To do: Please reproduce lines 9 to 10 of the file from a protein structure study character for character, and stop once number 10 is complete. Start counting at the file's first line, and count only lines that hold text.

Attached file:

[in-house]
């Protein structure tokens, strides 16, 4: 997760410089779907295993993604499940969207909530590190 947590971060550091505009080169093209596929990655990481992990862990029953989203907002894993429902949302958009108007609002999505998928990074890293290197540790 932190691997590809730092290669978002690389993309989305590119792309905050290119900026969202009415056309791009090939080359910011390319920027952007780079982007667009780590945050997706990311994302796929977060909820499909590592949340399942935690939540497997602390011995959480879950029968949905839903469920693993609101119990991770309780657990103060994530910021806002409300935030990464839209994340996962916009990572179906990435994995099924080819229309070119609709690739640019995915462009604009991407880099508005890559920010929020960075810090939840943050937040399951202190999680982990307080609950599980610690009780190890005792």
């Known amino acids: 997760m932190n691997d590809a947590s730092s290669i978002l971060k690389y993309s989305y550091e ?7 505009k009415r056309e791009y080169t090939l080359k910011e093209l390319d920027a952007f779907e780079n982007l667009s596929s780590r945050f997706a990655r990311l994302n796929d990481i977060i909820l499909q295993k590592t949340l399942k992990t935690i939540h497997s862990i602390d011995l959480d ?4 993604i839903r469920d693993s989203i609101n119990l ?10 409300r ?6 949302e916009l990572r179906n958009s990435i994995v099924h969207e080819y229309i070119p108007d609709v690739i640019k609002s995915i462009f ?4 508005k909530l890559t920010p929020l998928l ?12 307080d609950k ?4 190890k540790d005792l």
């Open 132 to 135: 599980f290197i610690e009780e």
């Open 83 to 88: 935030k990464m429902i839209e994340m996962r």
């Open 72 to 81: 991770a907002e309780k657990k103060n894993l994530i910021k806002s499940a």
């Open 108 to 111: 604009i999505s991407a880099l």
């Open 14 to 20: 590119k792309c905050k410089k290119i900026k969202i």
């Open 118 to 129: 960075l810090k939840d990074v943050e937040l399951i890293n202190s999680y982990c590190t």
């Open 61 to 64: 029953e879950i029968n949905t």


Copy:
């Open 118 to 129: 960075l810090k939840d990074v943050e937040l399951i890293n202190s999680y982990c590190t």
């Open 61 to 64: 029953e879950i029968n949905t």